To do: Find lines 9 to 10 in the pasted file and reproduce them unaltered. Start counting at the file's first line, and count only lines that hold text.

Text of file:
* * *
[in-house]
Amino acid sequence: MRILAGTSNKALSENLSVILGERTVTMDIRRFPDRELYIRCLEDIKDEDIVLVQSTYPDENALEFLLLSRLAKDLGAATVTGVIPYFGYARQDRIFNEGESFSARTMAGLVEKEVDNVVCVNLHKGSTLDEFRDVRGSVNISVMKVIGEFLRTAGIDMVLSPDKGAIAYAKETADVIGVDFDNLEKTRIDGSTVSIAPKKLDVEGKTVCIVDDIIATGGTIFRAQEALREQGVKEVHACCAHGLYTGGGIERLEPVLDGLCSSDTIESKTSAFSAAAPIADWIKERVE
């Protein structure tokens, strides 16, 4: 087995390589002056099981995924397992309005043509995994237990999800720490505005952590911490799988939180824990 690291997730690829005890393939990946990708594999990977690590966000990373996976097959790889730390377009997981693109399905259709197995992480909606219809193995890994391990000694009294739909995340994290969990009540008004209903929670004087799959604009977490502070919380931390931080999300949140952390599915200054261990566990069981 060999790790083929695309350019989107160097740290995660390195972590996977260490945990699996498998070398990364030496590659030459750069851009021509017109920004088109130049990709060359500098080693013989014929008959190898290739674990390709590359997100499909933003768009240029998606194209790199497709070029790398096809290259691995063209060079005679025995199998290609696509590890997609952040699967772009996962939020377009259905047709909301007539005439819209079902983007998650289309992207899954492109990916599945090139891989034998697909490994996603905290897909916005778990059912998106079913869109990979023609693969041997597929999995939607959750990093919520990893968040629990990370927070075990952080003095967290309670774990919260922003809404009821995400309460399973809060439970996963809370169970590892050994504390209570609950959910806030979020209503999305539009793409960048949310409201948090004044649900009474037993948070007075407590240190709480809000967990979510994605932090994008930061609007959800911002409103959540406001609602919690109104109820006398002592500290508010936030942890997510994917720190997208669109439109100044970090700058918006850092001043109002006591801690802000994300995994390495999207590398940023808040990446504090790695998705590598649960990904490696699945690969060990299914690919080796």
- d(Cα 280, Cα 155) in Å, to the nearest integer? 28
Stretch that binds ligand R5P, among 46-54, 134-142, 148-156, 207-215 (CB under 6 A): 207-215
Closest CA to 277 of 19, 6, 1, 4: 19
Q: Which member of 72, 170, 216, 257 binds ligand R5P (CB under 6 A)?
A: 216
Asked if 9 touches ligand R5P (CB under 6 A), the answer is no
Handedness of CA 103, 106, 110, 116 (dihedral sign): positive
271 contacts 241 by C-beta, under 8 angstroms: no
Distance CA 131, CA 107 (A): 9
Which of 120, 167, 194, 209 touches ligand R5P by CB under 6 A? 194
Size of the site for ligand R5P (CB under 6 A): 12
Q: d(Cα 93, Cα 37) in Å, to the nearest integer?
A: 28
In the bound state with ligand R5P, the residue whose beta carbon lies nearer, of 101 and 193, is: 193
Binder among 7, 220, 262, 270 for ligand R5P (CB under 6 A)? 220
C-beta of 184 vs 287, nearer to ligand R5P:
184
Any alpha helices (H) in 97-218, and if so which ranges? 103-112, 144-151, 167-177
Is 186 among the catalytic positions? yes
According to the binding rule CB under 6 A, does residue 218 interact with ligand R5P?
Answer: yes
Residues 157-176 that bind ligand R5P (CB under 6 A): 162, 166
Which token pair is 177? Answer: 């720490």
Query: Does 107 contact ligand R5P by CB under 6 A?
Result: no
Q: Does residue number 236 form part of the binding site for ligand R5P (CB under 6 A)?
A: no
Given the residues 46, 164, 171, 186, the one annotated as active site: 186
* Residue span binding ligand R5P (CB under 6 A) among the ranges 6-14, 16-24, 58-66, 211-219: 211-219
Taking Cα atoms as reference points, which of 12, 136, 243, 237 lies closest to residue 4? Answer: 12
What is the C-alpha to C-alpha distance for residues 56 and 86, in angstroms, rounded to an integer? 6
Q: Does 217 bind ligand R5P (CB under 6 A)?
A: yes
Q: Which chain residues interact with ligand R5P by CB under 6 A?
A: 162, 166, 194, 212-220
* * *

Asked if 9 touches ligand R5P (CB under 6 A), the answer is no
Handedness of CA 103, 106, 110, 116 (dihedral sign): positive